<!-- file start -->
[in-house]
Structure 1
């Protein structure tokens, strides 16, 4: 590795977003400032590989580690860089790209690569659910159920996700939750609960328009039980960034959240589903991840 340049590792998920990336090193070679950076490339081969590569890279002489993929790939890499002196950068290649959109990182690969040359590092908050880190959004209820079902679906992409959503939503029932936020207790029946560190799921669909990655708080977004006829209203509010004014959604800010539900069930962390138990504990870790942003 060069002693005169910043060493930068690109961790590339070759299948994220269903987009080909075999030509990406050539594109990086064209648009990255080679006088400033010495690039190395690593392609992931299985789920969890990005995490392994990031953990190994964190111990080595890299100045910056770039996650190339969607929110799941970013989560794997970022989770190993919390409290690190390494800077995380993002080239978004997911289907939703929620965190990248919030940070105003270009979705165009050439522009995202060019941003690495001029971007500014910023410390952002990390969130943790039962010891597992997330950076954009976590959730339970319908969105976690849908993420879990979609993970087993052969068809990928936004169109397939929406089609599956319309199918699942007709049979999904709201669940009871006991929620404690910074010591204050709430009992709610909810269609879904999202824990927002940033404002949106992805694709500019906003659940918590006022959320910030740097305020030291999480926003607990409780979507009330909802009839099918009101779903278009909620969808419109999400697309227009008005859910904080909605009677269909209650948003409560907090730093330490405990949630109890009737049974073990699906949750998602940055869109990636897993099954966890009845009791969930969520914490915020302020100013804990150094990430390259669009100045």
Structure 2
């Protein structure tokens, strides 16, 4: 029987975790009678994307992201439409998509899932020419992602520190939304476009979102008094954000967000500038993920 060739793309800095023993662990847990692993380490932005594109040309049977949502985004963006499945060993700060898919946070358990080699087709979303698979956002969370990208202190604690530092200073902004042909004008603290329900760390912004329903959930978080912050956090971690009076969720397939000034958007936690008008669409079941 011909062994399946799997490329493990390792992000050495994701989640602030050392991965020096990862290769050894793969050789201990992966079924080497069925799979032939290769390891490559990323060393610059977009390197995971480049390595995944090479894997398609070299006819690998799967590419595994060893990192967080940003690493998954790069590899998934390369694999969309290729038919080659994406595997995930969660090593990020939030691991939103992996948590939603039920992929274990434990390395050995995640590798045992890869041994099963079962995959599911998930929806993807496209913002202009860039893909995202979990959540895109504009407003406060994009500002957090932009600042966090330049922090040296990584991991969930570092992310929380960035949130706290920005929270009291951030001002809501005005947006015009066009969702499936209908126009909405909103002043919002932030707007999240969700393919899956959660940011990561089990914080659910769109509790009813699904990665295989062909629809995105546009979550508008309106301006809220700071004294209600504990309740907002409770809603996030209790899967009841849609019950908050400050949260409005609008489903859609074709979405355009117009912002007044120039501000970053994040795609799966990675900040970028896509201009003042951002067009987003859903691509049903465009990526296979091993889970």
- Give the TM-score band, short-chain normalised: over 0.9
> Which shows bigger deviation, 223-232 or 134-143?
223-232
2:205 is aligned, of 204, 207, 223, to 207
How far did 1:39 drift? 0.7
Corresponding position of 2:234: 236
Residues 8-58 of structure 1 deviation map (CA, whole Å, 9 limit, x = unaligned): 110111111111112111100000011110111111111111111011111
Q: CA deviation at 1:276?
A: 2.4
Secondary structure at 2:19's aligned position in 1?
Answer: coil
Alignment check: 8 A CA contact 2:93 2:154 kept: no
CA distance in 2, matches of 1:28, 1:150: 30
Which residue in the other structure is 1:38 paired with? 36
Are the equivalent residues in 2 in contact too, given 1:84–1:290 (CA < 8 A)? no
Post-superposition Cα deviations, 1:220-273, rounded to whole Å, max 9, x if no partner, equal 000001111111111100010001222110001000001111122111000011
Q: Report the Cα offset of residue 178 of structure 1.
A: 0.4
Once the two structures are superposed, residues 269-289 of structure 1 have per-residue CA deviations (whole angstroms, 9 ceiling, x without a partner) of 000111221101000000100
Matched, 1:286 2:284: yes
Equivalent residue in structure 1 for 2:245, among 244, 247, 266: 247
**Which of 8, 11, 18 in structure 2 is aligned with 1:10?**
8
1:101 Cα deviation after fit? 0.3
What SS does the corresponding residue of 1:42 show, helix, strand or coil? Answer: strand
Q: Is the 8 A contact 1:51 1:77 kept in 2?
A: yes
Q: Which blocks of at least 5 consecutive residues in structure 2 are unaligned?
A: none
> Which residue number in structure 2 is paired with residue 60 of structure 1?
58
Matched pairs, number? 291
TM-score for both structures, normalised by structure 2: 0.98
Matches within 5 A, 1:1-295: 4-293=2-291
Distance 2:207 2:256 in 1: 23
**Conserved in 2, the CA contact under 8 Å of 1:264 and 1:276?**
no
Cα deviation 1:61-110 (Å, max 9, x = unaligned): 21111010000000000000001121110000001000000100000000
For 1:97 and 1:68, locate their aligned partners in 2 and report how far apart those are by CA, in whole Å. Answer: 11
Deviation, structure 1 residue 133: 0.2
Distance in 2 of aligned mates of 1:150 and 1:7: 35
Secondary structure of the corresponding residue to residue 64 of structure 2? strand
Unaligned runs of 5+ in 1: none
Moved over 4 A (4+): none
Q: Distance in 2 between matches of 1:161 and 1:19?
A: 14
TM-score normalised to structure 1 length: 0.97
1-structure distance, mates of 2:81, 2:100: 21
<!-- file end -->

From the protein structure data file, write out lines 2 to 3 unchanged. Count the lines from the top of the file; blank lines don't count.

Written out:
Structure 1
């Protein structure tokens, strides 16, 4: 590795977003400032590989580690860089790209690569659910159920996700939750609960328009039980960034959240589903991840 340049590792998920990336090193070679950076490339081969590569890279002489993929790939890499002196950068290649959109990182690969040359590092908050880190959004209820079902679906992409959503939503029932936020207790029946560190799921669909990655708080977004006829209203509010004014959604800010539900069930962390138990504990870790942003 060069002693005169910043060493930068690109961790590339070759299948994220269903987009080909075999030509990406050539594109990086064209648009990255080679006088400033010495690039190395690593392609992931299985789920969890990005995490392994990031953990190994964190111990080595890299100045910056770039996650190339969607929110799941970013989560794997970022989770190993919390409290690190390494800077995380993002080239978004997911289907939703929620965190990248919030940070105003270009979705165009050439522009995202060019941003690495001029971007500014910023410390952002990390969130943790039962010891597992997330950076954009976590959730339970319908969105976690849908993420879990979609993970087993052969068809990928936004169109397939929406089609599956319309199918699942007709049979999904709201669940009871006991929620404690910074010591204050709430009992709610909810269609879904999202824990927002940033404002949106992805694709500019906003659940918590006022959320910030740097305020030291999480926003607990409780979507009330909802009839099918009101779903278009909620969808419109999400697309227009008005859910904080909605009677269909209650948003409560907090730093330490405990949630109890009737049974073990699906949750998602940055869109990636897993099954966890009845009791969930969520914490915020302020100013804990150094990430390259669009100045």